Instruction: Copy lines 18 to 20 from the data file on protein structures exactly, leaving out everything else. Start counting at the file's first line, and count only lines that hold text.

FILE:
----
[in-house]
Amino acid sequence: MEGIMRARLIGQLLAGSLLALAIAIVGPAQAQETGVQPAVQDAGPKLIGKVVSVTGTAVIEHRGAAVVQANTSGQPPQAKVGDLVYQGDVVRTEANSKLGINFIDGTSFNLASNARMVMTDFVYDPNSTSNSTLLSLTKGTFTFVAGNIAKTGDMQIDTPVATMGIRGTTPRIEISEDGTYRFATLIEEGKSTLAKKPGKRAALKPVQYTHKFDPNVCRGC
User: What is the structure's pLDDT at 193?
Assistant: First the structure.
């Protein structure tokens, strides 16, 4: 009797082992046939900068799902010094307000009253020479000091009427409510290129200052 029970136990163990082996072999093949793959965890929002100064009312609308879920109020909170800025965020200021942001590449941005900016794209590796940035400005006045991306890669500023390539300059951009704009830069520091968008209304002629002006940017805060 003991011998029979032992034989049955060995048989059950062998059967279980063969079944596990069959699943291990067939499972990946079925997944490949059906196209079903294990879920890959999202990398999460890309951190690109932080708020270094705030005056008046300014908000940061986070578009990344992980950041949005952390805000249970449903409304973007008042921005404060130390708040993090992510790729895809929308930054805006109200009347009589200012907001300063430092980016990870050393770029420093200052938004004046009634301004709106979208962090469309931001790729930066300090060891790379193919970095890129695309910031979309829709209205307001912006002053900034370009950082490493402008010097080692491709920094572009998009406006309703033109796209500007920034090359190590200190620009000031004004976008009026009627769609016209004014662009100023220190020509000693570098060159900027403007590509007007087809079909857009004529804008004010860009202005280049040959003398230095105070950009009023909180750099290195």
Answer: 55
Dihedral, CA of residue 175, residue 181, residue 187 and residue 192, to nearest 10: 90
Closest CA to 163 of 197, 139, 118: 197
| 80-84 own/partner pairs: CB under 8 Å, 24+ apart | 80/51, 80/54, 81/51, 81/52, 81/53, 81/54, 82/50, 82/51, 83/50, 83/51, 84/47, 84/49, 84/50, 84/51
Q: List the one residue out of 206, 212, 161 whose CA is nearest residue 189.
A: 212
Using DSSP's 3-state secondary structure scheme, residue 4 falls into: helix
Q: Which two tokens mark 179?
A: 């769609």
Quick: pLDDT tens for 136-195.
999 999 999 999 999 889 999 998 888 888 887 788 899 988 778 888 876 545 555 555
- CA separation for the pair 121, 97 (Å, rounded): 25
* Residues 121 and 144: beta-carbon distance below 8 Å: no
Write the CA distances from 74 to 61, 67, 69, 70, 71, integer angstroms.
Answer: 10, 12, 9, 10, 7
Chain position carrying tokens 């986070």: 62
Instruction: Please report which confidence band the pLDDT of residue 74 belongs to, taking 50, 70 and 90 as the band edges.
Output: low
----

* Residues 121 and 144: beta-carbon distance below 8 Å: no
Write the CA distances from 74 to 61, 67, 69, 70, 71, integer angstroms.
Answer: 10, 12, 9, 10, 7